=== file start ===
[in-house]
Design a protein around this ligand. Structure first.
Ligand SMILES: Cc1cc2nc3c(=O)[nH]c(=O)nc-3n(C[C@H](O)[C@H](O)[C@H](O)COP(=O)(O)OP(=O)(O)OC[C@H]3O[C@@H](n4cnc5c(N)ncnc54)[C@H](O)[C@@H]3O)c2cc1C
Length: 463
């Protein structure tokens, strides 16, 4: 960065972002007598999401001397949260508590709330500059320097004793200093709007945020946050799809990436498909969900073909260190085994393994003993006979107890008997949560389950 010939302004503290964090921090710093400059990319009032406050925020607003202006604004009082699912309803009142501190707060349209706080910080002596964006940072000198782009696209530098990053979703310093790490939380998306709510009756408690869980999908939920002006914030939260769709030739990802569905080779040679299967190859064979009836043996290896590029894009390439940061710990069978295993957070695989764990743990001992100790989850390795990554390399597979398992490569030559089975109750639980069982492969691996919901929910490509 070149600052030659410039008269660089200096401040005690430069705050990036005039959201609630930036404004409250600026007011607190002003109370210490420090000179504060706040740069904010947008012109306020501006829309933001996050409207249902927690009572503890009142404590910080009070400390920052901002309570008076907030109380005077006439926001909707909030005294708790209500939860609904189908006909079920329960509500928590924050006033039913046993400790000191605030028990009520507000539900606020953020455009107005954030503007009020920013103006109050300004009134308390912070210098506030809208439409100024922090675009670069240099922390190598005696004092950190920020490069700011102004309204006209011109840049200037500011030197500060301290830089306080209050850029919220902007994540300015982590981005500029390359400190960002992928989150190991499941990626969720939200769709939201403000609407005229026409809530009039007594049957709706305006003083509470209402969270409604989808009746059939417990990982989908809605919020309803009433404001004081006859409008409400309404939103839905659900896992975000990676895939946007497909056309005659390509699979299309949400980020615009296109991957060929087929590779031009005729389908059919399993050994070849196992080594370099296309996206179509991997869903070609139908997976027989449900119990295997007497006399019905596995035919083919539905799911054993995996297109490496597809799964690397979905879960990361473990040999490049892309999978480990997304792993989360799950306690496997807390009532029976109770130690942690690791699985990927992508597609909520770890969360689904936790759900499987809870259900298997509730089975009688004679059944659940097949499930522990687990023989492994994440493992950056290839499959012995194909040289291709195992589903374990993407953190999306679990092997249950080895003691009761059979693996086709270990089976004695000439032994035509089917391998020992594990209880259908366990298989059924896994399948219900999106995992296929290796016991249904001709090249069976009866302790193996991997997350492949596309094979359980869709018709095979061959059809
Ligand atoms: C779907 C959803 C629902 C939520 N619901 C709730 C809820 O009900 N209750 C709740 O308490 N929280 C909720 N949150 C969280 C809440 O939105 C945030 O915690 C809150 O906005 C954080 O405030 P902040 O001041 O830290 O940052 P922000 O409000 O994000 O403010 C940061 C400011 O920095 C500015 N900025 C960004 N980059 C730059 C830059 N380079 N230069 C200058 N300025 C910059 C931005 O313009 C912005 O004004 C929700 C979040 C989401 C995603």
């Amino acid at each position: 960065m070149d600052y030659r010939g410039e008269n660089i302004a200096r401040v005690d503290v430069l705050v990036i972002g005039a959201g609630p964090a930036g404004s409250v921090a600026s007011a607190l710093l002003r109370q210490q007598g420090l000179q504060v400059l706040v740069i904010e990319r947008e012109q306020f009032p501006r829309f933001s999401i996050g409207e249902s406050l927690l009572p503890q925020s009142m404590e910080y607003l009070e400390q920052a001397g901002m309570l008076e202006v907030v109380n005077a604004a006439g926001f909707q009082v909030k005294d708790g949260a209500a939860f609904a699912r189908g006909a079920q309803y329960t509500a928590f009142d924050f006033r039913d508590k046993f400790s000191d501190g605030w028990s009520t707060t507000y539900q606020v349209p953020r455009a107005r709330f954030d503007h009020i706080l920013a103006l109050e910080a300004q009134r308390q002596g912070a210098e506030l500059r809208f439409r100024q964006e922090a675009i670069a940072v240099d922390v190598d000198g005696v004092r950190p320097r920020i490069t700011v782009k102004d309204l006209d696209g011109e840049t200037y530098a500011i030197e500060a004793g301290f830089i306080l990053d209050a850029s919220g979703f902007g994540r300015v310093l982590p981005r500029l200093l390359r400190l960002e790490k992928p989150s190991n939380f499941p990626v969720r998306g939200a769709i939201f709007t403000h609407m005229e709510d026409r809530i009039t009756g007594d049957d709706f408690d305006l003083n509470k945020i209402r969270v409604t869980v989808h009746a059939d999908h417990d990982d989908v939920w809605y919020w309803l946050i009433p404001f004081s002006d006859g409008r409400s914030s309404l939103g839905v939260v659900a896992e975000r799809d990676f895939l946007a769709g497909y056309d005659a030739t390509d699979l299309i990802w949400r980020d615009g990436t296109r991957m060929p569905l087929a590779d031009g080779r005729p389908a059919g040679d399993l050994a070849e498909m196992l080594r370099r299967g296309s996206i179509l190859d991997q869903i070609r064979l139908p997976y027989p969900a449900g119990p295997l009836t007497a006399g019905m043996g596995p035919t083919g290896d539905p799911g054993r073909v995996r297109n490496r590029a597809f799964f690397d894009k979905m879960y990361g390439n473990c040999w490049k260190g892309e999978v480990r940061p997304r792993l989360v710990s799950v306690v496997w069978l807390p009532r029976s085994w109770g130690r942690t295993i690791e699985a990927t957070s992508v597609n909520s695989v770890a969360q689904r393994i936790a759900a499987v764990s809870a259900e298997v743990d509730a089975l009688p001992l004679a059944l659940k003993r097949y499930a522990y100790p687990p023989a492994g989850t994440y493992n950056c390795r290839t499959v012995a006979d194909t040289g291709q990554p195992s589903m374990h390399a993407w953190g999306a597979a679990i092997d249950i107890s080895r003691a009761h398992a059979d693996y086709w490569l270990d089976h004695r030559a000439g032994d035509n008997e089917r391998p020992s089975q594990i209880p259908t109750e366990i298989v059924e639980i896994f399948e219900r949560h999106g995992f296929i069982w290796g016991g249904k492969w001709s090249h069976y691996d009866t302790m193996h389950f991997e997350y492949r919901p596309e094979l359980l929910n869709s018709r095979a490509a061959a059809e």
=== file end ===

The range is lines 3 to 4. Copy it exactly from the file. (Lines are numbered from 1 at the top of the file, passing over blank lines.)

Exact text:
Ligand SMILES: Cc1cc2nc3c(=O)[nH]c(=O)nc-3n(C[C@H](O)[C@H](O)[C@H](O)COP(=O)(O)OP(=O)(O)OC[C@H]3O[C@@H](n4cnc5c(N)ncnc54)[C@H](O)[C@@H]3O)c2cc1C
Length: 463